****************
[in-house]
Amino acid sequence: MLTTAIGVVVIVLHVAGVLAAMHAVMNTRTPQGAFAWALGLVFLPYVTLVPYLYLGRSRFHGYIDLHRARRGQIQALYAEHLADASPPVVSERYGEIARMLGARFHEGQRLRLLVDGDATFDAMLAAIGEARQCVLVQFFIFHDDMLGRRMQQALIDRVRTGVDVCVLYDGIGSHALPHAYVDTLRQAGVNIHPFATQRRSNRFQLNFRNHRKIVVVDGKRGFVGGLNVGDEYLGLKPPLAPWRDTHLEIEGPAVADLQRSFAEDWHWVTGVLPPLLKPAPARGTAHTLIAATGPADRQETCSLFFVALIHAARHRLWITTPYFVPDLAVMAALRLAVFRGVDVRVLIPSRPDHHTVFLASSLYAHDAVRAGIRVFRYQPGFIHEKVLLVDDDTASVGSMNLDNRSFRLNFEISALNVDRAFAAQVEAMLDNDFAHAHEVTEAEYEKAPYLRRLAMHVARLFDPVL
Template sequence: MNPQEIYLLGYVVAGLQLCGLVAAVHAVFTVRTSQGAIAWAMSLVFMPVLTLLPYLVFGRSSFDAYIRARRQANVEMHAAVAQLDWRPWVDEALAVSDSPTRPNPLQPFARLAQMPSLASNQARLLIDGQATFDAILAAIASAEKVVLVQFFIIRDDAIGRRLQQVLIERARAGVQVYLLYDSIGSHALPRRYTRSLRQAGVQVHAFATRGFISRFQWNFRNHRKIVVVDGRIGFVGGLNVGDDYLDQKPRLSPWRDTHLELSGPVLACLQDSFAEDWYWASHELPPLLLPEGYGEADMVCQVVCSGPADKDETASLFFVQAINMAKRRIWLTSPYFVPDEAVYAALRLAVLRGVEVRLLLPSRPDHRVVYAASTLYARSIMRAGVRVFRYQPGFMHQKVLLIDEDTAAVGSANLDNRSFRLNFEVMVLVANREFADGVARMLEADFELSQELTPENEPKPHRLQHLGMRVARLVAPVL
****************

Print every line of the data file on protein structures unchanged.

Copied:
[in-house]
Amino acid sequence: MLTTAIGVVVIVLHVAGVLAAMHAVMNTRTPQGAFAWALGLVFLPYVTLVPYLYLGRSRFHGYIDLHRARRGQIQALYAEHLADASPPVVSERYGEIARMLGARFHEGQRLRLLVDGDATFDAMLAAIGEARQCVLVQFFIFHDDMLGRRMQQALIDRVRTGVDVCVLYDGIGSHALPHAYVDTLRQAGVNIHPFATQRRSNRFQLNFRNHRKIVVVDGKRGFVGGLNVGDEYLGLKPPLAPWRDTHLEIEGPAVADLQRSFAEDWHWVTGVLPPLLKPAPARGTAHTLIAATGPADRQETCSLFFVALIHAARHRLWITTPYFVPDLAVMAALRLAVFRGVDVRVLIPSRPDHHTVFLASSLYAHDAVRAGIRVFRYQPGFIHEKVLLVDDDTASVGSMNLDNRSFRLNFEISALNVDRAFAAQVEAMLDNDFAHAHEVTEAEYEKAPYLRRLAMHVARLFDPVL
Template sequence: MNPQEIYLLGYVVAGLQLCGLVAAVHAVFTVRTSQGAIAWAMSLVFMPVLTLLPYLVFGRSSFDAYIRARRQANVEMHAAVAQLDWRPWVDEALAVSDSPTRPNPLQPFARLAQMPSLASNQARLLIDGQATFDAILAAIASAEKVVLVQFFIIRDDAIGRRLQQVLIERARAGVQVYLLYDSIGSHALPRRYTRSLRQAGVQVHAFATRGFISRFQWNFRNHRKIVVVDGRIGFVGGLNVGDDYLDQKPRLSPWRDTHLELSGPVLACLQDSFAEDWYWASHELPPLLLPEGYGEADMVCQVVCSGPADKDETASLFFVQAINMAKRRIWLTSPYFVPDEAVYAALRLAVLRGVEVRLLLPSRPDHRVVYAASTLYARSIMRAGVRVFRYQPGFMHQKVLLIDEDTAAVGSANLDNRSFRLNFEVMVLVANREFADGVARMLEADFELSQELTPENEPKPHRLQHLGMRVARLVAPVL